Apr 30, 2012 Eidalis Vaquedano rated it really liked it
When I first saw this book at the store, I had only picked it up because I liked the title. After I read the first few pages, I was glad I picked it up. These short stories are all ones with such simple storylines and simple characters, yet there is something so captivating about William Lychack's writing.
He is able to describe things in almost a dream-like detail. In the story, "Griswald", the first few paragraphs have such great descriptions of the place and people. Also in "Like a Demon", in
Jun 19, 2011 Julie rated it liked it
This is one of those collections I will probably return to later, because much of it was beautiful but much of its charm was lost on me, here in June 2011. If I pick it up again in a year, it might be my favorite book. I don't know what pronouns ever did to this guy, but he really doesn't like to use them, and I guess the writers who praise him as poetic and lyrical were more able to appreciate the sentence fragments and odd constructions. I found them distracting. But there are gems in this boo ...more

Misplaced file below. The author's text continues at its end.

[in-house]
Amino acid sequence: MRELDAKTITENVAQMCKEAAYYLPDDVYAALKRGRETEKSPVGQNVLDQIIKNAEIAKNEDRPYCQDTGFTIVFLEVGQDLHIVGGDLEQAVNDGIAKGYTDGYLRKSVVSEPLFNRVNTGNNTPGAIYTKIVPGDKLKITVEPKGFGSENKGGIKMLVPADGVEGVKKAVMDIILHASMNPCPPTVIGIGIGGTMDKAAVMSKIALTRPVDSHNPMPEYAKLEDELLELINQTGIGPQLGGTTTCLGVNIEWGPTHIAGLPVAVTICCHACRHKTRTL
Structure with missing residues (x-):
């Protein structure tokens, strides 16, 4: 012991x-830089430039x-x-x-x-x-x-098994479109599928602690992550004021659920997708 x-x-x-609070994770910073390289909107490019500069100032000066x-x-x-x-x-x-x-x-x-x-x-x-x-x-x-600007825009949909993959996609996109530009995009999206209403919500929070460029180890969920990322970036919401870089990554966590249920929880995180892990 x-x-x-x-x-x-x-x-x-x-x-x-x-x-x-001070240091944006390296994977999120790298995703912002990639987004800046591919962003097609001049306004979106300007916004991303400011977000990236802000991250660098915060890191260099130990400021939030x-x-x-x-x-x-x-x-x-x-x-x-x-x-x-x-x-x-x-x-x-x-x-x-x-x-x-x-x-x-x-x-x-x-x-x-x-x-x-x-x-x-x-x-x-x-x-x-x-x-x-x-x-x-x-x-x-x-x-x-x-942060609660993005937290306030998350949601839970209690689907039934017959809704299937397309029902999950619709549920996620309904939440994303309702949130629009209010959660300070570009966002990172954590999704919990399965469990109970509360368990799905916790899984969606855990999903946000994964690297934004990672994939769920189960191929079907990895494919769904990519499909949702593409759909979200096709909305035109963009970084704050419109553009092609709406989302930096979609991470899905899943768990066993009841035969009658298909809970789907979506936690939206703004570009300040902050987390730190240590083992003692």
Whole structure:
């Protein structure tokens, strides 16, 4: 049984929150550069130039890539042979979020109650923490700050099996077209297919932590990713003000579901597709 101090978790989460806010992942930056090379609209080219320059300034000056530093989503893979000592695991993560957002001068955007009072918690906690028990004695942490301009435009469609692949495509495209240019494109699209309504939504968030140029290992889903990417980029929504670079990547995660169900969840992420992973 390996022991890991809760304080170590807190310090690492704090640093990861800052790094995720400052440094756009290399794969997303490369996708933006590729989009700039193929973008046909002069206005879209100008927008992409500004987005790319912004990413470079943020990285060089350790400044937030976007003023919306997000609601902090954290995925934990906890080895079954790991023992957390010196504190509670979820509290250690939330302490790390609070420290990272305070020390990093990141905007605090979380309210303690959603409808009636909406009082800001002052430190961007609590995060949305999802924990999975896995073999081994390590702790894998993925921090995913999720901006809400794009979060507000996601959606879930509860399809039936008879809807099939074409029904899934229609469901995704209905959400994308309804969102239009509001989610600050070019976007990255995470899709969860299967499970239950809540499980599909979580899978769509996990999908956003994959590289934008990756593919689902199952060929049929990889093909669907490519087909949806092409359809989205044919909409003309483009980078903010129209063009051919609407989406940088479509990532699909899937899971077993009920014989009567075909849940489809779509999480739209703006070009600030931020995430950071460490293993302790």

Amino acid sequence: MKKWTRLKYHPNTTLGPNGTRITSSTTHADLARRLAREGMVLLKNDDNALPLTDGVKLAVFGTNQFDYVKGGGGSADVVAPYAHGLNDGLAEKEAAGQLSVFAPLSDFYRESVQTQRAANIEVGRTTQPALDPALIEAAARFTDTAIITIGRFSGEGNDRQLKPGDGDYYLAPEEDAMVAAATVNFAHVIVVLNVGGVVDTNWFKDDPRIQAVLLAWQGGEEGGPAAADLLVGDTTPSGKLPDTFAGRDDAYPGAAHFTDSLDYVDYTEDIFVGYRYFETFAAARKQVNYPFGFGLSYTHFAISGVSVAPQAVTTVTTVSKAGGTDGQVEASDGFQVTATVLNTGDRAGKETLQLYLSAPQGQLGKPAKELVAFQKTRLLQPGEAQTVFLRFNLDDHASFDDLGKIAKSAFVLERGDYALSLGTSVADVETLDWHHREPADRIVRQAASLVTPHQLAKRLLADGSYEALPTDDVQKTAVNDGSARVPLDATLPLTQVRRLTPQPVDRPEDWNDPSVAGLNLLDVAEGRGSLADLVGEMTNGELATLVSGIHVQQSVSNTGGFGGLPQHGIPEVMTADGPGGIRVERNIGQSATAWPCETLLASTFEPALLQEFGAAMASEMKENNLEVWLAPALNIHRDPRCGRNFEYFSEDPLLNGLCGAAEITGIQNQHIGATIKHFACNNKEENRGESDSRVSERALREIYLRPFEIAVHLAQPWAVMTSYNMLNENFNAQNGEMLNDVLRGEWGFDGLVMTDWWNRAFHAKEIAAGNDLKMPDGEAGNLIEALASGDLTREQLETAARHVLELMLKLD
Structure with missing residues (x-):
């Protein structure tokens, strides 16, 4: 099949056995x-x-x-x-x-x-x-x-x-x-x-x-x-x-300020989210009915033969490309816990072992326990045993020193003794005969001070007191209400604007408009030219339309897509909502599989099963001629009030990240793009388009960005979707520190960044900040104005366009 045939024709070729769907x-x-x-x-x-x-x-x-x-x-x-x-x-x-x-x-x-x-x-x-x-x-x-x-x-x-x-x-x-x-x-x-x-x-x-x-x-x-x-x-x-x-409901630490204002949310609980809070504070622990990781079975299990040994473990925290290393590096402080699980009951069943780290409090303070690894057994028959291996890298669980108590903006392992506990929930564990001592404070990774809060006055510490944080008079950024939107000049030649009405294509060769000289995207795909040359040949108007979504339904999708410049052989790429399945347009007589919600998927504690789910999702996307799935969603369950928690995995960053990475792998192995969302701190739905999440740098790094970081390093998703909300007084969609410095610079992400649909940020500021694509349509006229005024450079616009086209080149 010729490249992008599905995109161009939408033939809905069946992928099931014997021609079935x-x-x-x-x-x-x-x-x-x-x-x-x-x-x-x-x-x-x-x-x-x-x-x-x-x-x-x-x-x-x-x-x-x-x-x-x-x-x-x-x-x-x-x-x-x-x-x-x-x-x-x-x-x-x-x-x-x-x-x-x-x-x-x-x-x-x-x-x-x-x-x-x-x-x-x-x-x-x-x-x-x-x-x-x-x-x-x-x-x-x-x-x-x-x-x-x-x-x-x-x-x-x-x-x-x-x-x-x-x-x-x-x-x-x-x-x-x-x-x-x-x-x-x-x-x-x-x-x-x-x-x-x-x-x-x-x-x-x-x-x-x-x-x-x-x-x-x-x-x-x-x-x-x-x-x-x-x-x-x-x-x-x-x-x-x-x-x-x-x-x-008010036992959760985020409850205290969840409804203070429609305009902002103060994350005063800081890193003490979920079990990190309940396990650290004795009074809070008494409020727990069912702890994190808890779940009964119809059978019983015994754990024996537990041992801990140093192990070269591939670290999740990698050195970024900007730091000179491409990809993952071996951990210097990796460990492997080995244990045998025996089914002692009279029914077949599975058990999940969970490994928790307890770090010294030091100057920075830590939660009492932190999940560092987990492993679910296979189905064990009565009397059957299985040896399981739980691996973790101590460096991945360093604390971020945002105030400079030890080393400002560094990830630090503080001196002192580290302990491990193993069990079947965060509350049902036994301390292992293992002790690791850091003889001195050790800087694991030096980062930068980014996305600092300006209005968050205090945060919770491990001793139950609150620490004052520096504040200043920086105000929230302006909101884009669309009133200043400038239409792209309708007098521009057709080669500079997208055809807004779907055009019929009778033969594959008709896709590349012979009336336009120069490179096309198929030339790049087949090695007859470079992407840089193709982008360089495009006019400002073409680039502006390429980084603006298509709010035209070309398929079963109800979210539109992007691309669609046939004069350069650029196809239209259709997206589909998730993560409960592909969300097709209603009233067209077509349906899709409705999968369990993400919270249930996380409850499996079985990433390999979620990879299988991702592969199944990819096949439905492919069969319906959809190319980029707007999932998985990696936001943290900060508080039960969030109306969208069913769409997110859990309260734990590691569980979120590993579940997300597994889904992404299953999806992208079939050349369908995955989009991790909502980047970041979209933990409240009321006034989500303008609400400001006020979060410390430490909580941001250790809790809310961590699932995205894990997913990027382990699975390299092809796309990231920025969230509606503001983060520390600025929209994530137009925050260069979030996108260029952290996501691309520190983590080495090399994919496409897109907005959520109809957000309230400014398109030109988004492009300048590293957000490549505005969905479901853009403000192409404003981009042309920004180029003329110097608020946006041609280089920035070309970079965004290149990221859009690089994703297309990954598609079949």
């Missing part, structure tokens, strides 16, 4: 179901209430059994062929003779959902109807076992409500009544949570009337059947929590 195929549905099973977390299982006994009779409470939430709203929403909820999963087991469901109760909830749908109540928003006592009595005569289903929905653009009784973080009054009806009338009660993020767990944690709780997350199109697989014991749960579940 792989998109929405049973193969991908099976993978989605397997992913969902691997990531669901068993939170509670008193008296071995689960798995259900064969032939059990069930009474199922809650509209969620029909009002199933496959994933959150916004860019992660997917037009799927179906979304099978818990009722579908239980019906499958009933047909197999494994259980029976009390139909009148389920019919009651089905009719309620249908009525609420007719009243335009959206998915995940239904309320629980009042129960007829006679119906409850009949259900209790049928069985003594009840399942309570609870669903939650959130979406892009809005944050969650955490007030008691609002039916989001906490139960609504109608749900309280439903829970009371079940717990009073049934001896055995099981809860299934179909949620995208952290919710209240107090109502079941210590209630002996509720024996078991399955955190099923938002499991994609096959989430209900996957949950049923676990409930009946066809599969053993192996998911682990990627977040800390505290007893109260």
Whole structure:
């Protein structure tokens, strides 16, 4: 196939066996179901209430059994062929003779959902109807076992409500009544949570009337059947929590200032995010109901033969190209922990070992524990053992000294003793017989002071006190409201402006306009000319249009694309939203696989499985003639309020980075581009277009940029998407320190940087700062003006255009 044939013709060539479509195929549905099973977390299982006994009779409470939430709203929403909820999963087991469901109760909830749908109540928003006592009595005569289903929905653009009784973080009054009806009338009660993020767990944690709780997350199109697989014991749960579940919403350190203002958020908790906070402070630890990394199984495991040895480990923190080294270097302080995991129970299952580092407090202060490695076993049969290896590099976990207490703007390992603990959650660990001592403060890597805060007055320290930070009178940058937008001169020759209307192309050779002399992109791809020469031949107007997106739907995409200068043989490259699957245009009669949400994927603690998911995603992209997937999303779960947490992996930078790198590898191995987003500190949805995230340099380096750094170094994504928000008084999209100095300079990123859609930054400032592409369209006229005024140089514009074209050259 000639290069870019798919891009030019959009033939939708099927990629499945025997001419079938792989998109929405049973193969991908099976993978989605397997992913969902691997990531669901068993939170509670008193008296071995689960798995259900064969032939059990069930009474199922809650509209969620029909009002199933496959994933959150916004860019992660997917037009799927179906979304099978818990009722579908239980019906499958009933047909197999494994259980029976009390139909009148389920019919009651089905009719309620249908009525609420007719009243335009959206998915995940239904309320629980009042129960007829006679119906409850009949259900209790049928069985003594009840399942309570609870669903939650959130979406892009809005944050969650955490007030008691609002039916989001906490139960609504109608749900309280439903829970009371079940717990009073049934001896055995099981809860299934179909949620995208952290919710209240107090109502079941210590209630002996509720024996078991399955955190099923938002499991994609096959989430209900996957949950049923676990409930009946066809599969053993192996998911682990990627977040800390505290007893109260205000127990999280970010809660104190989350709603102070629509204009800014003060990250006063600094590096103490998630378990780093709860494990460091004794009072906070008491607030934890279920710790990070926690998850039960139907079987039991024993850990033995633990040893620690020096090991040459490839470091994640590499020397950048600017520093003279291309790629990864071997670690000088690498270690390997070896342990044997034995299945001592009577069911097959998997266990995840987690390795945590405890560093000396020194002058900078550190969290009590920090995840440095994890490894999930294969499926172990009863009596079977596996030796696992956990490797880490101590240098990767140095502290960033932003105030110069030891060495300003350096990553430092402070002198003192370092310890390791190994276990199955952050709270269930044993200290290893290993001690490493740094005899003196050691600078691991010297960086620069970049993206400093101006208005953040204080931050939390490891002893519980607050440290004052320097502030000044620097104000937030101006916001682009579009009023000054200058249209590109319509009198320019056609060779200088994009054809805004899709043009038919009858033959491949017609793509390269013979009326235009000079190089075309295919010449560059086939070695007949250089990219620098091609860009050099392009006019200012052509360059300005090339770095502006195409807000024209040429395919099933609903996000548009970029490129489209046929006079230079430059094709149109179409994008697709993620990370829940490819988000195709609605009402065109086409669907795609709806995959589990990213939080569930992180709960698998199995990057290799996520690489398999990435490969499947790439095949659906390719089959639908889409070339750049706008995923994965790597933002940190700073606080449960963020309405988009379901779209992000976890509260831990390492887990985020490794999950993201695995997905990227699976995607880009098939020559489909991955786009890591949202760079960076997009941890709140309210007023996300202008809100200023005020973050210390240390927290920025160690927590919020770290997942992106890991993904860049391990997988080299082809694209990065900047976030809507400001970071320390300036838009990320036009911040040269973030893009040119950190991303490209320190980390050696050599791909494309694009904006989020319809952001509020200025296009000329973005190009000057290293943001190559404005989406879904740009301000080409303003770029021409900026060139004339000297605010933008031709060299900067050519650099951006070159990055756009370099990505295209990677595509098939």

Dave Cullen
Oct 30, 2011 Dave Cullen rated it it was amazing
An amazing book. Startling imagery and insights, too.

It brought me to tears may times, but not a difficult read, by any means.
Jan 03, 2015 Capucine rated it it was amazing
Shelves: novels
I've adored, and devoured this book of novels.

My love for novels is growing from almost nothing to big things, Lychack is part of the process.

His characters are profoundly human, they have resonated in my heart though I'm not aware or keen to know the exact feelings of some of the situations his characters evolve through.